There have been a variety of Tekken releases on the current generation of consoles, but until now, only Tekken 6 was considered a true current-gen Tekken title. With the release of Tekken Tag Tournament 2, Namco has provided another excellent entry into the well renowned fighting series.
Tekken Tag Tournament 2 is the long awaited sequel to the title of the same name… minus the digits. As a result, it plays a lot like its predecessor. You select up to 2 characters with to fight with using combos, throws, juggles and all manner of traditional Tekken game play elements. What is unique to the tag series however is the ability to use tag related moves to link characters abilities and combos together. As a result combat is notably faster and adds a new element to your combat tactics. You now have the ability to draw out longer close quarters combos as well as ways of escaping holds and tight conditions.
With battle systems as robust as Tekken’s, it has always been a bit of a barrier for newcomers. Namco has answered this with the inclusion of the ‘Fight Lab’. This mode serves to educate newcomers and veterans to fine tune their skills in battle. It also serves as the main narrative mode. Whilst learning the tricks of the trade of Tekken combat you will be helping Violet a businessman rebuild Combot after he accidently deletes all the combat data from his creation. As you play you will become a master in offensive and defensive combat. These are lessons well learnt.
The traditional modes return including the staple arcade and versus (both Offline and Online) modes. Returning players from Tekken 6 will feel completely at home with menu interface because frankly not much has changed from its design or implementation. Players will also enjoy the new mode to alter characters costume into a variety of clothing. If you pre-ordered you would have also been lucky enough to get an array of swimsuit costumes to play with.
Graphically, Tekken is as its always been — a stunning game to play and for onlookers to simply watch. A pleasant change in this release is proper support for 720p HD resolution. Tekken 6 received a bit of negative attention amongst fans due to the resolution being scaled back to 576p in order to maintain high frame performance. In a series that has such an important place in professional competitive gaming this was no doubt the right decision at the time. Unfortunately it simply was an visually elegant one. This was rectified for Tag Tournament 2 where the game engine dynamically alters the resolution to keep framerate high without players actively noticing. Based upon the amount of character models on screen and what’s being executed the game engine has the ability pull back the horizontal resolution in a step by step manner. It’s an ingenious solution to the problems encountered in Tekken 6 and serves to keep Namco’s latest release looking as amazing as possible without sacrificing visual quality.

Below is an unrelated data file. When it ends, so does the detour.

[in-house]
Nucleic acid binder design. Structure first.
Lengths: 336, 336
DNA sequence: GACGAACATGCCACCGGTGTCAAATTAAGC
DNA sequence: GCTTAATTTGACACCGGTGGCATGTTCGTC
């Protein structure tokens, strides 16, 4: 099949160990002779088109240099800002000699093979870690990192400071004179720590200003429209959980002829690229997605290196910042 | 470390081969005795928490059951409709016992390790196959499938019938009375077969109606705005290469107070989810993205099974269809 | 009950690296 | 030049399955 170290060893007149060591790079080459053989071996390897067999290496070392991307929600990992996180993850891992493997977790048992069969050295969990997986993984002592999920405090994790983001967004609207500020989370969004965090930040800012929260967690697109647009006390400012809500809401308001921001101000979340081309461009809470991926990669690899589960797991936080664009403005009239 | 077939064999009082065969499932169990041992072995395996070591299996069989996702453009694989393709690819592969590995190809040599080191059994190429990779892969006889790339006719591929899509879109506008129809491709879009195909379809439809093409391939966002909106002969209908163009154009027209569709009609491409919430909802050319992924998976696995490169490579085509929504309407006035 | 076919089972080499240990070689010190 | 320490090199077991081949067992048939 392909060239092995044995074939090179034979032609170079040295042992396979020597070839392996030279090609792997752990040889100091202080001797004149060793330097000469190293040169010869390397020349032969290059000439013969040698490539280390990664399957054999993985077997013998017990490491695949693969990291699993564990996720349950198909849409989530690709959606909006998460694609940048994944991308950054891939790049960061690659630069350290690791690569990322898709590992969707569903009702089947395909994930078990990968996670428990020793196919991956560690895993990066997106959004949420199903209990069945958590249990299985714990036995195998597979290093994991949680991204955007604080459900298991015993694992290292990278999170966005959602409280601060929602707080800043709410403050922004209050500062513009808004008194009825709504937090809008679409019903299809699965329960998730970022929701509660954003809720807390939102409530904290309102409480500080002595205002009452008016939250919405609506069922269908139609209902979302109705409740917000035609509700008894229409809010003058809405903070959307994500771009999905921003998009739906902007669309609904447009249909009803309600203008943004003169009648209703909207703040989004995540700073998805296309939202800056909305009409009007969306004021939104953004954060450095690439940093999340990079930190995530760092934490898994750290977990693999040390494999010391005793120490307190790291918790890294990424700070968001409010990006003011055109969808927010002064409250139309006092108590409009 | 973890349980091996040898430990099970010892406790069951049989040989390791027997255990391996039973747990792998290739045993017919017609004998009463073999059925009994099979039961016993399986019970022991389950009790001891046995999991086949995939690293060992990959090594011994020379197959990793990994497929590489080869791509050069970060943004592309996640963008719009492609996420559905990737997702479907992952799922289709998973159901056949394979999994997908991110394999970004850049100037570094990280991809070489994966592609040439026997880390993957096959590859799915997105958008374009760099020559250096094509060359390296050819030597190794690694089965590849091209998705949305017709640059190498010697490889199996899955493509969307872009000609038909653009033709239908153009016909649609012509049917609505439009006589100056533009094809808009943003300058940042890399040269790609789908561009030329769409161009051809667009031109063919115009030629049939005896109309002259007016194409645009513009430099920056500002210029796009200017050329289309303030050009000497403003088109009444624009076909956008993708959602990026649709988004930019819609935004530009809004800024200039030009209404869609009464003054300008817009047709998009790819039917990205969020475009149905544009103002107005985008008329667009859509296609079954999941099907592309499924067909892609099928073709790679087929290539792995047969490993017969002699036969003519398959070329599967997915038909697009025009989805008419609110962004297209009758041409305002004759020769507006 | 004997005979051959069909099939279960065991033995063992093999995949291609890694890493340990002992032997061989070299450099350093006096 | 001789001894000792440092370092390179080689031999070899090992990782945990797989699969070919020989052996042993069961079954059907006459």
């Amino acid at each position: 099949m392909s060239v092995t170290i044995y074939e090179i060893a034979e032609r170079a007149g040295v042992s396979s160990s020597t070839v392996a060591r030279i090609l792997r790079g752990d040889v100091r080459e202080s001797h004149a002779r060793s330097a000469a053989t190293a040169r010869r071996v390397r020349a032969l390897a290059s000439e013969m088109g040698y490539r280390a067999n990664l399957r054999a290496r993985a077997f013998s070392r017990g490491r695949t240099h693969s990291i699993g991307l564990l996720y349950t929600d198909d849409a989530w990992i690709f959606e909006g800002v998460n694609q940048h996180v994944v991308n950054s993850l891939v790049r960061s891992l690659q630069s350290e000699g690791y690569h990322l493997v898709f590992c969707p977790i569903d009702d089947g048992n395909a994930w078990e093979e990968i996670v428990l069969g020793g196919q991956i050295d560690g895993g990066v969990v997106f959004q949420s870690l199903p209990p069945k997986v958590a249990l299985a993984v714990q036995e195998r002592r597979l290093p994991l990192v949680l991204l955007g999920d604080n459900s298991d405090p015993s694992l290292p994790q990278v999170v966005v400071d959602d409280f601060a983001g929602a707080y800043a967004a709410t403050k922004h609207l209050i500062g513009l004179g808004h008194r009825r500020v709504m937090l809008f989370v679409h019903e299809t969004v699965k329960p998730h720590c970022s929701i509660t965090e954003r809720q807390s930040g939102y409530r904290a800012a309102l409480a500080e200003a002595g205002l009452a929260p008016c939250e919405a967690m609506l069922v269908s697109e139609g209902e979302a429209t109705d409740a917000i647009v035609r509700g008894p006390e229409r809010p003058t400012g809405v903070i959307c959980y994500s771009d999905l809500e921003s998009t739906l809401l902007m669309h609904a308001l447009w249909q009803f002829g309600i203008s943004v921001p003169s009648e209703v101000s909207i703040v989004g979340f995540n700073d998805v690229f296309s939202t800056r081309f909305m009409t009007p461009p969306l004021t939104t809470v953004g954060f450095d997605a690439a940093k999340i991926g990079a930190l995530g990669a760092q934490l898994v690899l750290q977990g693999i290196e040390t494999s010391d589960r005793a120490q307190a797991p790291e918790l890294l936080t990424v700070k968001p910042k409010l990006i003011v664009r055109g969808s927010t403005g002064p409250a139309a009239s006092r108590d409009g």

Sound design is still held to the high standard the series is known for. All characters are voiced in their native language, be it English, Japanese, French or Spanish to name a few. It’s adds a new depth to the characters and makes it really feel like an international tournament where all the characters have their own agenda. Musically there’s a blending of new and old. While classic arenas return with traditional tracks there’s a distinct RNB/Rap flavour about the new ones. A classic example being the Snoop Dog stage which features a track composed in partnership with the famed rapper as well as his own 3D appearance making a debut.
Tekken Tag Tournament 2 is a title that makes no apologies for its steep learning curve, and why should it? It provides you with the tools to learn and if you want to just play for fun you have that opportunity as well with offline and unranked online versus matches. It’s a system that rewards players for their dedication and practice. Tekken is as it’s always been: An enjoyable experience that lets players thrive on the mastery of its complex battle system.
Tekken Tag Tournament 2 is available now for both Sony PlayStation 3 and Microsoft Xbox 360, and will come later for Nintendo’s Wii U.